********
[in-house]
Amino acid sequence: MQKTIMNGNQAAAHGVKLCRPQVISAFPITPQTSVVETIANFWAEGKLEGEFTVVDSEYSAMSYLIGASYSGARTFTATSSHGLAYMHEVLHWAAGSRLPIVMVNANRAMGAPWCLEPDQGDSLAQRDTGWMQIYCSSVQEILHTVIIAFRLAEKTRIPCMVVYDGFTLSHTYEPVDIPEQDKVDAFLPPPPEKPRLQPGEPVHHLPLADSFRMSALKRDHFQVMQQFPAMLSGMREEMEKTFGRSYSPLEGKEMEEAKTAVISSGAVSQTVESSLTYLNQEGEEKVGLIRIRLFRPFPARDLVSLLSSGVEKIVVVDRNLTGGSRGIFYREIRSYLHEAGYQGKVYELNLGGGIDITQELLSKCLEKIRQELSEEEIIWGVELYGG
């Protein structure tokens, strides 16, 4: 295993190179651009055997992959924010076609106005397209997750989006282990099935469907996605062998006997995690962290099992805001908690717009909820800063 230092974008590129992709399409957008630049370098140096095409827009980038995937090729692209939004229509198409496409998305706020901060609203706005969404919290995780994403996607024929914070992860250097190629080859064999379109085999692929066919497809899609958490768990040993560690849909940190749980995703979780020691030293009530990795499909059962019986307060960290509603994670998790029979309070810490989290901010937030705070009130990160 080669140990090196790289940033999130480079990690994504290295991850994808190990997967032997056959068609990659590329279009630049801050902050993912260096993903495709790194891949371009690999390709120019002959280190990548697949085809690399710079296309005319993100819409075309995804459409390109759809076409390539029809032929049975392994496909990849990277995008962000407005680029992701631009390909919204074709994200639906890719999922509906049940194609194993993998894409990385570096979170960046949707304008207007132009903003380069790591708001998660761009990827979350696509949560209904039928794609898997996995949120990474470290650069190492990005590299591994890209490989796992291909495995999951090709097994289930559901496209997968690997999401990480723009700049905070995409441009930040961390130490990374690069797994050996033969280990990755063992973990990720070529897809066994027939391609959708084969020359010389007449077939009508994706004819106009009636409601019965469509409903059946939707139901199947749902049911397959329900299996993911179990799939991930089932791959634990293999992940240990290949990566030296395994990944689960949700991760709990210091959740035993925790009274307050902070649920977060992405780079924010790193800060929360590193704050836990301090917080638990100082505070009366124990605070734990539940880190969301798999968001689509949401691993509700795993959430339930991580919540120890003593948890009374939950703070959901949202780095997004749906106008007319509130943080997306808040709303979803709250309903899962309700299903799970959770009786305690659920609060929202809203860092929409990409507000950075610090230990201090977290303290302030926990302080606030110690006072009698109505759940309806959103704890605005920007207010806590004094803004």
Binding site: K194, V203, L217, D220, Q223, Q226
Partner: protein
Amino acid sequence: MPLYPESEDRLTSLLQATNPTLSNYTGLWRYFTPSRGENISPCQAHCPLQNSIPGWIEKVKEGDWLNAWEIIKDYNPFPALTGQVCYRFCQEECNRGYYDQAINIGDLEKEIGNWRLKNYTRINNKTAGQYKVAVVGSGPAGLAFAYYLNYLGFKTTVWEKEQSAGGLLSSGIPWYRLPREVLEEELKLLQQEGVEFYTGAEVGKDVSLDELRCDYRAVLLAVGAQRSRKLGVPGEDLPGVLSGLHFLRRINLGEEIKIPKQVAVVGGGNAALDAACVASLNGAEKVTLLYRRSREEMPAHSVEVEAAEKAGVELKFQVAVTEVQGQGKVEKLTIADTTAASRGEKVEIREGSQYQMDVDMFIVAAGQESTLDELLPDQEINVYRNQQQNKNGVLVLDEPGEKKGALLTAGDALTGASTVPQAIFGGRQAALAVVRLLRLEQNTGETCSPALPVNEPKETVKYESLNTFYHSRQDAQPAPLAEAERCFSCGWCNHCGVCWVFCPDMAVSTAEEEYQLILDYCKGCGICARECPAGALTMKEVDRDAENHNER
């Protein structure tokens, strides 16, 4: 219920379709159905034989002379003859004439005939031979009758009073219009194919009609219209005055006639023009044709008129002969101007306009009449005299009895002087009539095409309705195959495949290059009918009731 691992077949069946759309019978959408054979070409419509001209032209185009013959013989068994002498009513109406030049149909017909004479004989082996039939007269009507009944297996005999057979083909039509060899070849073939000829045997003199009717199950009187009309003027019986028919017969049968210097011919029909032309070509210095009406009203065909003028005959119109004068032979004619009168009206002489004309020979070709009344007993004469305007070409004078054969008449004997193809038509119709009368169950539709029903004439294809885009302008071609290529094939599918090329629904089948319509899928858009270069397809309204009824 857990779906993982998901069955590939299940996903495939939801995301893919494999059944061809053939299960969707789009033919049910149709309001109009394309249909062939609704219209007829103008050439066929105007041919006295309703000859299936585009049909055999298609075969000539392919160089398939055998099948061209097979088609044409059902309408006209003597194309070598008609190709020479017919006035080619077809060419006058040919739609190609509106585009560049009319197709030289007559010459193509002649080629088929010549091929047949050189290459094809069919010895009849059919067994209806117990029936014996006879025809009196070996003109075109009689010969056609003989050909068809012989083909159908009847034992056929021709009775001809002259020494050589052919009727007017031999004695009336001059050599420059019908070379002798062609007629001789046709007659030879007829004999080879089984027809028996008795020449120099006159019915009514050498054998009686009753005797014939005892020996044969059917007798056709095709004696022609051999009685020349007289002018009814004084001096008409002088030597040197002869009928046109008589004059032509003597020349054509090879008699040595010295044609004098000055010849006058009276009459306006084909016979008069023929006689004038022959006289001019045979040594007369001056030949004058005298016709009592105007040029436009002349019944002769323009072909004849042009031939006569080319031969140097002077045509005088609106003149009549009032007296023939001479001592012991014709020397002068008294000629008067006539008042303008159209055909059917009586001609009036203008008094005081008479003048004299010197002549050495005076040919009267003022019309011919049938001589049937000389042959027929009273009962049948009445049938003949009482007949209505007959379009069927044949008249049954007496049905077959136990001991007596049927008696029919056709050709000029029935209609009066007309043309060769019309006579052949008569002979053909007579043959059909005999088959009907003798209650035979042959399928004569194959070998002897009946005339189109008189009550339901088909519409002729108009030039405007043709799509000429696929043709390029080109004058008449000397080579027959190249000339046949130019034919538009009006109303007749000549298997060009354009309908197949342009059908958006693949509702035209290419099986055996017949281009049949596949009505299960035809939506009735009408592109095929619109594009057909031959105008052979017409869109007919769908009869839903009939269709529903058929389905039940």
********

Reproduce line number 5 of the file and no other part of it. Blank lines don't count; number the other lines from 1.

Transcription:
Partner: protein